Skyfire has released their 1.0 version for Windows Mobile and Symbian, and they’re one step closer to a BlackBerry beta. The BlackBerry alpha is officially acknowledged in their press release, and the only official word from Skyfire is that they “will have an announcement this summer.”
If you have a WinMo or Symbian phone, you can get an idea of what the BlackBerry client will be like by downloading it from get.skyfire.com.
Over one million consumers have installed and used the Skyfire browser in just under five months, making it the fastest growing downloadable mobile browser in North America.
So far, the official line from Skyfire is vague but promising:
Skyfire has plans to bring their browser to more smartphones and recently launched a Private Closed Alpha program for the BlackBerry platform. The company will announce plans for a Public BlackBerry Beta at a later date.
This step will offer an approximate twenty-one million BlackBerry users the opportunity to finally be able to access the PC web on their phone.
Skyfire 1.0 compatibility
Skyfire users can customize the start page with RSS feeds from their favorite websites. In addition, they can integrate their Facebook and Twitter accounts to import status updates and tweets, and easily publish their status to these networks. Skyfire is the only mobile browse to share and publish any web page to Facebook and Twitter networks with one click.
What’s new in Skyfire 1.0
Improvements specific to the Skyfire 1.0 release include enhanced navigation, zooming and interaction as well as faster launch, power optimization, and new search functionality. Having previously delivered rich media and text readability on a small screen, the focus of this latest release was helping users get to the content they want more quickly.
As the new version starts-up, users can type a search or URL in the Superbar while even while Skyfire is connecting in the network. After a web page loads, smooth scrolling and zooming – similar to an iPhone – helps users navigate the page more quickly. Likewise, now users can click on links on the first page load without having to zoom first.
Unique user activity – Doing things no other mobile browser can do
Skyfire users are different than iPhone and Opera users because they can watch video, and tend to watch a lot of video on their phones – something not possible on other browsers. They watch video on the PC version of websites such as Hulu, but also video embedded and shared in Twitter and Facebook updates from their friends. The also watch video on news sites and experience browsing and video in one experience, vs waiting to click through to a separate application. There is also high engagement with watching live streaming events such as the Barak Obama Presidential inauguration and Summer Olympics during the beta period.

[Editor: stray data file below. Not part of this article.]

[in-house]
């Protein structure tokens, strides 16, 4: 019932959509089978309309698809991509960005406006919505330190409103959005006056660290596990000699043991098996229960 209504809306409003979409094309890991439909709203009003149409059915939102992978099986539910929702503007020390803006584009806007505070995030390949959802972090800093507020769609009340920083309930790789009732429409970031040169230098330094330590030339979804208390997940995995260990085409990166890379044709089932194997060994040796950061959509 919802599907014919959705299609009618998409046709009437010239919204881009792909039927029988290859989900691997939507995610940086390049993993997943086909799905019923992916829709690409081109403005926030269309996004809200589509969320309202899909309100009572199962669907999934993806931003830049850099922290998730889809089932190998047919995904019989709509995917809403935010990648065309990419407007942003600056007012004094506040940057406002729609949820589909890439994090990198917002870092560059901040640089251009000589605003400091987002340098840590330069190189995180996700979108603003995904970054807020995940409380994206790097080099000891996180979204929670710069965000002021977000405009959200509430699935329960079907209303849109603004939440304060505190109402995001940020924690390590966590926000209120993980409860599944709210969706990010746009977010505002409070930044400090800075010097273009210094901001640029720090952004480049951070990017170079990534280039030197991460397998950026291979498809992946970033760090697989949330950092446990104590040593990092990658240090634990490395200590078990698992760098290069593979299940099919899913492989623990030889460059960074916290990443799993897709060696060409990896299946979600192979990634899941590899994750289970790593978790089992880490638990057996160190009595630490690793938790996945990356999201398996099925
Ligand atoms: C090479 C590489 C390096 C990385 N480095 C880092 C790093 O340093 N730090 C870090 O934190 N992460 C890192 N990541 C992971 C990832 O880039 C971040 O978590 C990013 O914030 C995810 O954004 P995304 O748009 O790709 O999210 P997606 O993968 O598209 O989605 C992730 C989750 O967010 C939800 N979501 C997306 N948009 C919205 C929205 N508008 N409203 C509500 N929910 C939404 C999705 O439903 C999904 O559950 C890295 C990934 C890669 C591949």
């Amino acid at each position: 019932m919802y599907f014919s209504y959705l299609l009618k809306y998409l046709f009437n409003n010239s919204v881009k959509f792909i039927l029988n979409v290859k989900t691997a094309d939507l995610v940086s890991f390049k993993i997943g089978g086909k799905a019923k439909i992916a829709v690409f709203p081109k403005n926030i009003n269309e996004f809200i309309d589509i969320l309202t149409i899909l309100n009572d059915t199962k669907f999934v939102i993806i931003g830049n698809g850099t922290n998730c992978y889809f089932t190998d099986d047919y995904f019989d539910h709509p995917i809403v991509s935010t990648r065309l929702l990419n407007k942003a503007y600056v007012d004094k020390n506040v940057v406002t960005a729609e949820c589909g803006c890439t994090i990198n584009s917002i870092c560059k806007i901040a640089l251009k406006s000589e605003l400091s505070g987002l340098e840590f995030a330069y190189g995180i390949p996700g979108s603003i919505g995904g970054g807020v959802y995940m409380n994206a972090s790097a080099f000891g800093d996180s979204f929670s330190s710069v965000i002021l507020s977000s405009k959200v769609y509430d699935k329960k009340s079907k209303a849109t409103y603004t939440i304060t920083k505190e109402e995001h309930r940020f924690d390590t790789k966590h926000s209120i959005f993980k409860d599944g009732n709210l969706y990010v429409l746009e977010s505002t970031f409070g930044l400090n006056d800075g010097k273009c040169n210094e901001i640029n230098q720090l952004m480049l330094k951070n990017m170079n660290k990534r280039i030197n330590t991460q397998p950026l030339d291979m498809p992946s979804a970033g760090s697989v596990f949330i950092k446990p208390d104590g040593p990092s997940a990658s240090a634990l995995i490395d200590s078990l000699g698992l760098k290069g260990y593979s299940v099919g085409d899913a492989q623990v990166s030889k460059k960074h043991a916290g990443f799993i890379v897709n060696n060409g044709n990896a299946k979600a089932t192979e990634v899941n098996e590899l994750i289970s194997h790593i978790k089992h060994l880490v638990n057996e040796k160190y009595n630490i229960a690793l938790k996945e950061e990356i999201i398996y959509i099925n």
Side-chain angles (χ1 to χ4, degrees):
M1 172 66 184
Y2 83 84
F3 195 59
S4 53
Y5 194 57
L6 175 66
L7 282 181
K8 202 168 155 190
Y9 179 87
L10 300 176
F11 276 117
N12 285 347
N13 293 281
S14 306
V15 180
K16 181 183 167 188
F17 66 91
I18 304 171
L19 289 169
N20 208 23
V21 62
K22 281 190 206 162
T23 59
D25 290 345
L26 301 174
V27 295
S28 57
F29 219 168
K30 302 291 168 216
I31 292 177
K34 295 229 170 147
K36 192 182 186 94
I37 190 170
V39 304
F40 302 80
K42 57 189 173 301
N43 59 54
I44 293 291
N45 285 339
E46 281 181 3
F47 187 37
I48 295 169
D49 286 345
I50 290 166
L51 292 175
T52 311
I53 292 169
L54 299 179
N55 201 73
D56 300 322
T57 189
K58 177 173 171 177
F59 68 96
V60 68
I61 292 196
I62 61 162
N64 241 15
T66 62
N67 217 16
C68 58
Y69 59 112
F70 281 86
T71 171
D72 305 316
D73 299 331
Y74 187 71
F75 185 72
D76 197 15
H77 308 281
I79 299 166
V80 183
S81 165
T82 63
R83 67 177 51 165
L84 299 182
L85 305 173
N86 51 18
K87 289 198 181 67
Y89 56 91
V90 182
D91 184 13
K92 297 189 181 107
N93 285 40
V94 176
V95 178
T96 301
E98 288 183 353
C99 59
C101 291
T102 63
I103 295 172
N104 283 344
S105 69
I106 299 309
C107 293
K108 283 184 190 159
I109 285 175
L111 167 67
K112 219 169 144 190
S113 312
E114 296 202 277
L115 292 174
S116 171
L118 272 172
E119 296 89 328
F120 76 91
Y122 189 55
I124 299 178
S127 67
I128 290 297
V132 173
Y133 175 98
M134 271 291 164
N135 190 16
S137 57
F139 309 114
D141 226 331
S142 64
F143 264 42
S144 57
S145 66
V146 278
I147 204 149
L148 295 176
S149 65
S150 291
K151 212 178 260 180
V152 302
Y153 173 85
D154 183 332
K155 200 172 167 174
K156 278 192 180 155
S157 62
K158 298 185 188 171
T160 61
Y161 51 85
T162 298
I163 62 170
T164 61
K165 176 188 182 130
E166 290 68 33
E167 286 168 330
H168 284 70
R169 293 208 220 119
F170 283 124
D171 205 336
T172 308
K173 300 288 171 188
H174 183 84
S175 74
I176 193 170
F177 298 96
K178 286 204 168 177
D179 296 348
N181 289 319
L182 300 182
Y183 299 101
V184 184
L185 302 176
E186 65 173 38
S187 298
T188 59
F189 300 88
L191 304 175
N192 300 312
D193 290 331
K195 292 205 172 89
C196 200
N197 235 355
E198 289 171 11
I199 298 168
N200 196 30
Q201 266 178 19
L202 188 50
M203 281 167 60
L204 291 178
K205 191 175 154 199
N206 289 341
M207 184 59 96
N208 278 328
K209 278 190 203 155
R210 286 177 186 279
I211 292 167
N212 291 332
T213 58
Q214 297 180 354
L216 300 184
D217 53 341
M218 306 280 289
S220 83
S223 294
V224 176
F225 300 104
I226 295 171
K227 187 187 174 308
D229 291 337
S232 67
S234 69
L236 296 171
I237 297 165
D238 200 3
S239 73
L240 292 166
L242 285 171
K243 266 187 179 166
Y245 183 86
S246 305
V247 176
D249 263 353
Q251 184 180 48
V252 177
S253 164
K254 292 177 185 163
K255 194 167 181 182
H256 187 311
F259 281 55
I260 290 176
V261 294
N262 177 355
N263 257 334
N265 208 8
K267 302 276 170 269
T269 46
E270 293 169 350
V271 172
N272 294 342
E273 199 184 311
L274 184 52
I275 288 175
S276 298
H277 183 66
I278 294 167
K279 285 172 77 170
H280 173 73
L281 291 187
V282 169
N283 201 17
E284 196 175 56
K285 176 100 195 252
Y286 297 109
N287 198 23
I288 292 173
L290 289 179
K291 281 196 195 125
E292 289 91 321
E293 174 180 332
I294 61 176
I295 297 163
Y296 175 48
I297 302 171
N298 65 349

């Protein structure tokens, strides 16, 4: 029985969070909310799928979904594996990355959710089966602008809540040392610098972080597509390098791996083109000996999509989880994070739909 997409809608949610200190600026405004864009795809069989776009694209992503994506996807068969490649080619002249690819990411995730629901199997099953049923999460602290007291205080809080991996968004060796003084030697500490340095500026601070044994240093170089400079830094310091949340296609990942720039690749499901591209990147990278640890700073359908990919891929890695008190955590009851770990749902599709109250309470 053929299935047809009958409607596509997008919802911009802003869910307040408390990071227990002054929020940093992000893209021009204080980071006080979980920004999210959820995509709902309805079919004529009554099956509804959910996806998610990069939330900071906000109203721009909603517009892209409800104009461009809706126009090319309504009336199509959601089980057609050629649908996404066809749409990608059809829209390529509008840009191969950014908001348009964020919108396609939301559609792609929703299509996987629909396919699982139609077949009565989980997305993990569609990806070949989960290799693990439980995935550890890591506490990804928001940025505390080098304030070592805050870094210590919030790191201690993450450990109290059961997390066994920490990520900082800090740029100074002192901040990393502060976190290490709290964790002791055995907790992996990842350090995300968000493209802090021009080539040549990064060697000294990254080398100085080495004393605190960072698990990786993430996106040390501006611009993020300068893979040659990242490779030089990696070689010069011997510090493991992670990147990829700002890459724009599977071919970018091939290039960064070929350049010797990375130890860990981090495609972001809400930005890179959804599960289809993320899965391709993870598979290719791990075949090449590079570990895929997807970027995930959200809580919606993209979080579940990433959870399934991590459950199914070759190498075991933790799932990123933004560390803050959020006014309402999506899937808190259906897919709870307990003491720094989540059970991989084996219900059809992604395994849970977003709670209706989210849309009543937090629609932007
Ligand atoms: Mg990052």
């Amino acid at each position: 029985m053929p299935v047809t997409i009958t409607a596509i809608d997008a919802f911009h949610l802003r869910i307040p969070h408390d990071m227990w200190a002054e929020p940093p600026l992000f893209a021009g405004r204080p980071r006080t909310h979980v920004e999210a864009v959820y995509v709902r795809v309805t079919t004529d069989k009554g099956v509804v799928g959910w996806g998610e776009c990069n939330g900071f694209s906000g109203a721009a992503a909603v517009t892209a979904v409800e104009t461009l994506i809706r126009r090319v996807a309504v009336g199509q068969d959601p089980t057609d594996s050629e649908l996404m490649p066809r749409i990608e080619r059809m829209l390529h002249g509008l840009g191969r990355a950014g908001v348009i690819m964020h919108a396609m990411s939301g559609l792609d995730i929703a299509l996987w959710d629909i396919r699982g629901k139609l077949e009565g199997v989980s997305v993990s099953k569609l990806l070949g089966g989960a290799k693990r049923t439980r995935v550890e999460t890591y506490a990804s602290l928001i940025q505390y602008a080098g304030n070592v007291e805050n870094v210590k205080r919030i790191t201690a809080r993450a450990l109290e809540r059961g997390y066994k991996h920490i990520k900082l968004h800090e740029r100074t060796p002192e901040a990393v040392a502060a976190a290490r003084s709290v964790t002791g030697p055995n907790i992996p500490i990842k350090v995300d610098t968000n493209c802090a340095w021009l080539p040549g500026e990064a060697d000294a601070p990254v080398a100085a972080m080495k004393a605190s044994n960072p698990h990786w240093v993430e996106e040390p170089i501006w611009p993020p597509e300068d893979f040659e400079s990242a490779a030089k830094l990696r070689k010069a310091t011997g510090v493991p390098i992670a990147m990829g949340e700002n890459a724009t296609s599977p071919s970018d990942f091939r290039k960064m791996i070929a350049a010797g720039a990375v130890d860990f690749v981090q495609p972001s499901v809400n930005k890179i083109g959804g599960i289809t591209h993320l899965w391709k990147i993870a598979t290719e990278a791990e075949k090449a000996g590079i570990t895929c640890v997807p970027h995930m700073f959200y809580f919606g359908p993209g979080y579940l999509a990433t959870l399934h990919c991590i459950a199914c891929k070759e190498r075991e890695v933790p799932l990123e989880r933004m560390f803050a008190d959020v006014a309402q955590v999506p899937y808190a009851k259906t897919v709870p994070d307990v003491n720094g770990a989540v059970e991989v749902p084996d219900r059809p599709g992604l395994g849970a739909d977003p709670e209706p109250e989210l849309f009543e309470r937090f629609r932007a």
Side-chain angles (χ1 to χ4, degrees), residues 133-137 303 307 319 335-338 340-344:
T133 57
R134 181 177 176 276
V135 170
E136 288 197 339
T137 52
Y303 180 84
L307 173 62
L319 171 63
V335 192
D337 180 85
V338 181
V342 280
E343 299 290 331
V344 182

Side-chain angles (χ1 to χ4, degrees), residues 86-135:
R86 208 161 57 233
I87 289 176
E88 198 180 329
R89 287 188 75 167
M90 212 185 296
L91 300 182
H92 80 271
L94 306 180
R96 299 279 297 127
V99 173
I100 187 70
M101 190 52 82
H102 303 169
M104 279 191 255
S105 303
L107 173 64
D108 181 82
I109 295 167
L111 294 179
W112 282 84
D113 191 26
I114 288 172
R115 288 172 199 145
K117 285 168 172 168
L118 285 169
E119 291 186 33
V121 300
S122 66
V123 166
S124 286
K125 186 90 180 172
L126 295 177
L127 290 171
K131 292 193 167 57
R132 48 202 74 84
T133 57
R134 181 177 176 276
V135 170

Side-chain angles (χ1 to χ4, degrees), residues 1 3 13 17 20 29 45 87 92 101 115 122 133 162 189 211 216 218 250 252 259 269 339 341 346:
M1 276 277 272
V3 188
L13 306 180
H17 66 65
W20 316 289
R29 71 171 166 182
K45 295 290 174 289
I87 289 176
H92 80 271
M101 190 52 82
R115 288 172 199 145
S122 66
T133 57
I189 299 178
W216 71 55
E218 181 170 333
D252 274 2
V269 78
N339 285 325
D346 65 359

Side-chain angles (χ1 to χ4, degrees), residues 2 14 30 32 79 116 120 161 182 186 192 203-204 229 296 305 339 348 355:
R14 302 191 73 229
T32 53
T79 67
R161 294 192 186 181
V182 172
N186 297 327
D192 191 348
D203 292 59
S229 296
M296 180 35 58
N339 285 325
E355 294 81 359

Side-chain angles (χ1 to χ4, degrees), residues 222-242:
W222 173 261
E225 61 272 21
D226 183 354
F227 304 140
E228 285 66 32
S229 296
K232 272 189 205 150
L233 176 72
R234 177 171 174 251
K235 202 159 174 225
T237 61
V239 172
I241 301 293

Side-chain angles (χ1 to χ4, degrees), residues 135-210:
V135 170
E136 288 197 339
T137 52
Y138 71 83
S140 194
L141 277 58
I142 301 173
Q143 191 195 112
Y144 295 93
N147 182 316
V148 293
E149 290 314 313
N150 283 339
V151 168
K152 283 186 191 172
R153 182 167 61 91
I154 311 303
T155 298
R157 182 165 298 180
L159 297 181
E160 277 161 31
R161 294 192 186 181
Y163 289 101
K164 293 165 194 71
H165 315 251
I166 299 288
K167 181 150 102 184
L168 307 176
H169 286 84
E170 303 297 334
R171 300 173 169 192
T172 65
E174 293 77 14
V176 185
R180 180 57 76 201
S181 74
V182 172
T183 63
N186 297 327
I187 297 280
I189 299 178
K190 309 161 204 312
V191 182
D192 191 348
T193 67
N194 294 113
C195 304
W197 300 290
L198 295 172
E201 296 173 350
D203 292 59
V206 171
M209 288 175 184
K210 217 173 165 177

Skyfire users are active on websites that don’t work on any other mobile browser. Consistently, the top websites used on Skyfire are the top websites used on PCs – such as the full-featured Hulu, YouTube, Facebook, Myspace, Google Docs, full-featured Gmail, and professional sport leagues’ full websites.
Giving a significant installed base a better browser
Skyfire runs on more than 70% of the worldwide installed base of smartphones, based on figures from a March 2009 Gartner report. These include smartphone devices made by HTC, LG, Motorola, Nokia, Palm, Samsung, Sony Ericsson, T-Mobile, to name a few, and newer models with VGA and WVGA screen resolutions all running on Windows Mobile or Symbian platforms.
These consumers now have a mobile browser that gives them an iPhone-like browsing experience but more, since Skyfire offers Flash 10 and Ajax. With the Skyfire 1.0 release, this large installed base can get the PC web on their phone with a simple to install, free download.
Poised for massive growth
The smartphone market is forecasted to be larger than 400M installed base by 2010, and almost 4B total mobile devices. The smartphone segment is growing even in the recessionary climate. Mobile data revenue was $32B in revenue in 2008, with a 26% ARPU growth. As a browser that delivers the PC web, Skyfire has much to gain from this growth. Additionally since Skyfire handles much of the processing work on the server-side, the browser reduces carrier bandwidth – making it not only good for consumers but mobile operators as well.